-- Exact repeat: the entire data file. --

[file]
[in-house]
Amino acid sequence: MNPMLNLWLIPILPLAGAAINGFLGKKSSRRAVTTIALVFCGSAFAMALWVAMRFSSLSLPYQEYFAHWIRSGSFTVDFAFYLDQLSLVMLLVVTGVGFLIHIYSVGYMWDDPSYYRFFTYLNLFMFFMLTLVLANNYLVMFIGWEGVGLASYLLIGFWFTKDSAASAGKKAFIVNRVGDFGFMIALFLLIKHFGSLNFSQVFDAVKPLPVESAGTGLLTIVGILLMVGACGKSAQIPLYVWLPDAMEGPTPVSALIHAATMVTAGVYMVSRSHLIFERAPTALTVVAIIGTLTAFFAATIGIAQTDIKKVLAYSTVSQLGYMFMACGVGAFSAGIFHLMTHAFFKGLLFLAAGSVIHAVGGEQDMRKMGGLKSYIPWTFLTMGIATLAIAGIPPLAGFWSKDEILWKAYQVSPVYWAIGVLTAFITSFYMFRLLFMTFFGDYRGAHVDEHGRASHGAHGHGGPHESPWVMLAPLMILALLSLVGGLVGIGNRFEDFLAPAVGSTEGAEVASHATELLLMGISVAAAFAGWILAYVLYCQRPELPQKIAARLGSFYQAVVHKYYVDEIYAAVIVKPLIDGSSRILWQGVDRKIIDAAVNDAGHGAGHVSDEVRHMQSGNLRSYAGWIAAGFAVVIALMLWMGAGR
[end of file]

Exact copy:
[in-house]
Amino acid sequence: MNPMLNLWLIPILPLAGAAINGFLGKKSSRRAVTTIALVFCGSAFAMALWVAMRFSSLSLPYQEYFAHWIRSGSFTVDFAFYLDQLSLVMLLVVTGVGFLIHIYSVGYMWDDPSYYRFFTYLNLFMFFMLTLVLANNYLVMFIGWEGVGLASYLLIGFWFTKDSAASAGKKAFIVNRVGDFGFMIALFLLIKHFGSLNFSQVFDAVKPLPVESAGTGLLTIVGILLMVGACGKSAQIPLYVWLPDAMEGPTPVSALIHAATMVTAGVYMVSRSHLIFERAPTALTVVAIIGTLTAFFAATIGIAQTDIKKVLAYSTVSQLGYMFMACGVGAFSAGIFHLMTHAFFKGLLFLAAGSVIHAVGGEQDMRKMGGLKSYIPWTFLTMGIATLAIAGIPPLAGFWSKDEILWKAYQVSPVYWAIGVLTAFITSFYMFRLLFMTFFGDYRGAHVDEHGRASHGAHGHGGPHESPWVMLAPLMILALLSLVGGLVGIGNRFEDFLAPAVGSTEGAEVASHATELLLMGISVAAAFAGWILAYVLYCQRPELPQKIAARLGSFYQAVVHKYYVDEIYAAVIVKPLIDGSSRILWQGVDRKIIDAAVNDAGHGAGHVSDEVRHMQSGNLRSYAGWIAAGFAVVIALMLWMGAGR